More on Cross-Training

Forget the past?

In response to my unfortunately long-winded post about cross-training BJJ, one of my old Judo friends made this comment:

    "...I agree, under the caveat that the instructors are qualified to instruct (which isn't always the case) and the student enters into each different art to learn that art.
    I've seen similar benefits from cross training between judo and amateur wrestling, judo and aikido, etc. Other than qualified instruction, I think the key component is an open mind and an approach to learn what there is to learn from the art or sport in which you cross train. All too often, I've seen the approach, "I'm going to go in there and show them why judo/wrestling/aikido/bjj/​tiddlywinks is better." That closes the mind and takes away the educational benefit of cross training. A similar problem is when a person can't "let go" of their "first" art and keeps trying to apply it in the new class. An example is when I was teaching judo I'd often have high school wrestlers join the class. The problem is they would come to judo and wrestle instead of do judo. Once a foundation and a level of understanding is developed in BOTH arts one can start to figure and learn how to merge the two or adapt aspects of the one you consider the cross training."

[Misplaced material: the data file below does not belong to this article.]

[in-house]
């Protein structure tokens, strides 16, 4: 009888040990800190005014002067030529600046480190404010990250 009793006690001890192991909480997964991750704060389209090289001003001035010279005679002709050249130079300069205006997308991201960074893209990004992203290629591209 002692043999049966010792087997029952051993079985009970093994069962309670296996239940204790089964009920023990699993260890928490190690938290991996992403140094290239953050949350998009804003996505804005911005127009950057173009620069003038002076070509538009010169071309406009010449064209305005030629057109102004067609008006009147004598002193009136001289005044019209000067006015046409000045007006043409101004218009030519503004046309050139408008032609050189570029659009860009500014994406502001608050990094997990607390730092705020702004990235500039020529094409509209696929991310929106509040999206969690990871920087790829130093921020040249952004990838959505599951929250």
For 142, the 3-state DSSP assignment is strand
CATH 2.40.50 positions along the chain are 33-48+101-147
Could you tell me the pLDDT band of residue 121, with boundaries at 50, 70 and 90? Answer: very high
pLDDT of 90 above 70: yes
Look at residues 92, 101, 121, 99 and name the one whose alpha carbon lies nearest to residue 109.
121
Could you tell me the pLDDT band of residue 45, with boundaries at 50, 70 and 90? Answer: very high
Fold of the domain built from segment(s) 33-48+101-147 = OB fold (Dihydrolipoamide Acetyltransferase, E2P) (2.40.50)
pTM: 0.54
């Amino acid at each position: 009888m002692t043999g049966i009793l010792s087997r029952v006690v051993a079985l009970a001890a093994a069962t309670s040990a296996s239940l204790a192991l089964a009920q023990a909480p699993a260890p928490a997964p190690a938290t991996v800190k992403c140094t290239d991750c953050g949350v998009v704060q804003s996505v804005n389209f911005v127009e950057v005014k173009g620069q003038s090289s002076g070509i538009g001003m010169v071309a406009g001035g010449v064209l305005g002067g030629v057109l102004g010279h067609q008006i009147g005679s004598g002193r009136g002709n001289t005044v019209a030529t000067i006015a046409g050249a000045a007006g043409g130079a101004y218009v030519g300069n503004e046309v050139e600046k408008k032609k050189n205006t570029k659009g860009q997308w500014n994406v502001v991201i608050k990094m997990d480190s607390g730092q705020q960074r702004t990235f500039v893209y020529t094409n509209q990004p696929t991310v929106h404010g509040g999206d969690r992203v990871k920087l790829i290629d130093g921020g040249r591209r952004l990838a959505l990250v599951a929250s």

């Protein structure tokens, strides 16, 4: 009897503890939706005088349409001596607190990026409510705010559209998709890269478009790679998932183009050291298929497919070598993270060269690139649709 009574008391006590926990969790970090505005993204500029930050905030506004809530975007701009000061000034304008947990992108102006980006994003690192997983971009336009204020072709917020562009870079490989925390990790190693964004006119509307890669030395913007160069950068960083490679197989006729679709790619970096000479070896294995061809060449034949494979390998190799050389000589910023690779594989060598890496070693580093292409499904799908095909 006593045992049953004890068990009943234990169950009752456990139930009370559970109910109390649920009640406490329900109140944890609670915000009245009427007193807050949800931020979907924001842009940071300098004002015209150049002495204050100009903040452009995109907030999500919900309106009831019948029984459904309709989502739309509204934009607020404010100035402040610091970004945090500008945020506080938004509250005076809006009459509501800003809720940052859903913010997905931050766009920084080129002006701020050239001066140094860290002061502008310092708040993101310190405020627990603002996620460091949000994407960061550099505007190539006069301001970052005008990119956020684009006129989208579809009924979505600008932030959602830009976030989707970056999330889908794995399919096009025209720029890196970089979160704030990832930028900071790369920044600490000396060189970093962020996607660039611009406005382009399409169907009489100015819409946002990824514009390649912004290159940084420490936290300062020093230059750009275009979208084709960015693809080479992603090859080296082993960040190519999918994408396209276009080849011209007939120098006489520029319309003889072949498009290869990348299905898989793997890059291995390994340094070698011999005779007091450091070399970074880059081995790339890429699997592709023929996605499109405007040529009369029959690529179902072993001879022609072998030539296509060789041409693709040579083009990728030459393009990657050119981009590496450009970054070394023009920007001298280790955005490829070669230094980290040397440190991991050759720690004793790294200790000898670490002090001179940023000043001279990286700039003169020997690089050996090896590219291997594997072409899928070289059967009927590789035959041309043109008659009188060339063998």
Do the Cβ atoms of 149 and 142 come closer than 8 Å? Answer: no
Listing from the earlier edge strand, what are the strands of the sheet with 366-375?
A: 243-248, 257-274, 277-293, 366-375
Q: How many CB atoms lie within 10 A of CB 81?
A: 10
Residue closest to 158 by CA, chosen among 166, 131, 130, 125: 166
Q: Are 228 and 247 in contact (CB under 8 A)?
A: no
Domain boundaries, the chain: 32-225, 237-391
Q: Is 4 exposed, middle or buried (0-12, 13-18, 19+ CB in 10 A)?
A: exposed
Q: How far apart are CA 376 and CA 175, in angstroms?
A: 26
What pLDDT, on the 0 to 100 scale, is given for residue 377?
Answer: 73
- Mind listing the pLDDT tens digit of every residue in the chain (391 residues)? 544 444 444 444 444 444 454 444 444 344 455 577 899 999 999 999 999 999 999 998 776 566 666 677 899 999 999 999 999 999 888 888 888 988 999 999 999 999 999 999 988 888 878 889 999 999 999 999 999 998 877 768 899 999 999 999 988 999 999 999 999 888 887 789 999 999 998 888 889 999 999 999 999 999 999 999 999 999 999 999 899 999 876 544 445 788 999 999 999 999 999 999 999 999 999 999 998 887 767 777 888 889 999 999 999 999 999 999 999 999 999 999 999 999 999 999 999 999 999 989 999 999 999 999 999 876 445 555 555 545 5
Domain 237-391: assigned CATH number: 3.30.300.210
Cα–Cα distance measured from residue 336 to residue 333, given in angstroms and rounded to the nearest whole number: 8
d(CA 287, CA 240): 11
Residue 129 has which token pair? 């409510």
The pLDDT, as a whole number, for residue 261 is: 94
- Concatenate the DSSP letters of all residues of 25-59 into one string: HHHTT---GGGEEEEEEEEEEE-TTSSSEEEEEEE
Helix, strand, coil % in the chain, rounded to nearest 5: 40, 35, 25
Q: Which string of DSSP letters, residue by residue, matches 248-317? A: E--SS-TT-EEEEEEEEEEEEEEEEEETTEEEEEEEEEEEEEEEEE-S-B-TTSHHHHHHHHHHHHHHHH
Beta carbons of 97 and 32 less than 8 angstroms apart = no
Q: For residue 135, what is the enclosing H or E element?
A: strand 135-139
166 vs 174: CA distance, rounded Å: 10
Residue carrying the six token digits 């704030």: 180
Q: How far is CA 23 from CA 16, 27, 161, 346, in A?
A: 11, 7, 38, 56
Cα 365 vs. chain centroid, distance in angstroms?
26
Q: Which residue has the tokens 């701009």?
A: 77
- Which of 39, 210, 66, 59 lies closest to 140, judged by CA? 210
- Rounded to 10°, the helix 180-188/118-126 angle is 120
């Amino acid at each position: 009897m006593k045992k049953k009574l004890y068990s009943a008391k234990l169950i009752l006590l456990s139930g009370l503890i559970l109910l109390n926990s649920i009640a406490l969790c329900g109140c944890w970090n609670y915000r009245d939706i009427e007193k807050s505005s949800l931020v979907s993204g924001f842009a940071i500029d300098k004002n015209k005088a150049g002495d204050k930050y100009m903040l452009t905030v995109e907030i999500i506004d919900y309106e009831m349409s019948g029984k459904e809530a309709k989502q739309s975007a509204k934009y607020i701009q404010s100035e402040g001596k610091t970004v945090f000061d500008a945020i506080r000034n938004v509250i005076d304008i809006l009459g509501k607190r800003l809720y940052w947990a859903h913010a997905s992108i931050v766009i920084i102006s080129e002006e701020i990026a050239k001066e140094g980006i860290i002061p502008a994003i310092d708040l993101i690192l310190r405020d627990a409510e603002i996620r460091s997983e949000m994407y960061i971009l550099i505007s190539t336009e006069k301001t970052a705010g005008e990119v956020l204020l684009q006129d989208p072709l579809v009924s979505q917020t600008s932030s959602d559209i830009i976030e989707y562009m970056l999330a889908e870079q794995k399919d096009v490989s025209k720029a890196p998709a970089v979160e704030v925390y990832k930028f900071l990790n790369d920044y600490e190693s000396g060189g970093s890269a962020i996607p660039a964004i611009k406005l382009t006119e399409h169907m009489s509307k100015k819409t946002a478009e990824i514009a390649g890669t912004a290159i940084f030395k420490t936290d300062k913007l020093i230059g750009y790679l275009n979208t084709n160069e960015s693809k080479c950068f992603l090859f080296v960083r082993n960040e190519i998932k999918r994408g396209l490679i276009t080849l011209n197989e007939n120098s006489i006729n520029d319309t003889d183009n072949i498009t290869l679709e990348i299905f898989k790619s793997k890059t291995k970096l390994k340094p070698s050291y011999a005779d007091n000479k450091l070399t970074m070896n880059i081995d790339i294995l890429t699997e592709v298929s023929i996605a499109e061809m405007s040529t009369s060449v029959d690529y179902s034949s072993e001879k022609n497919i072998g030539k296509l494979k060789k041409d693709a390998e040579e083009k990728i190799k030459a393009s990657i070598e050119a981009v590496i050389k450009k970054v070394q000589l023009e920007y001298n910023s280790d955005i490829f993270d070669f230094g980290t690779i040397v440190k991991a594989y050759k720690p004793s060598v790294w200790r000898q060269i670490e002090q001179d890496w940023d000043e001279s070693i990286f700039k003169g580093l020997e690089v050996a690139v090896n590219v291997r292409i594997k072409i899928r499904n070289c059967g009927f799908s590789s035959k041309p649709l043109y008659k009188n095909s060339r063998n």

I tend to agree with this...  Certainly, you shouldn't go in to things looking to prove why what you already know is superior...  It's a waste of your time, and won't prove anything anyway.  If that is your goal, just enter tournaments. 

I do have a question mark, though, around "letting go" of your first art.  I'm not sure if I would say let it go, but I do support trying to apply the things that are taught in class, and working to achieve the goal of the art.  For instance, for a Judoka doing BJJ, don't settle for pinning your opponent - work to submit them.  For a wrestler doing Judo, try to nail the minimum effort/maximum efficiency part...

What do you guys think?  How should you approach cross training?  Do you need to let go of your outside experience?  Is that even possible? 



kodokanjudo said...

I call it "leaving the ego at the door".

ward said...

For me training bjj and judo are highly complementary fir instance there is kuzushi all over the place in bjj mabe not off balance in the strictest sense but something happens before a sweep works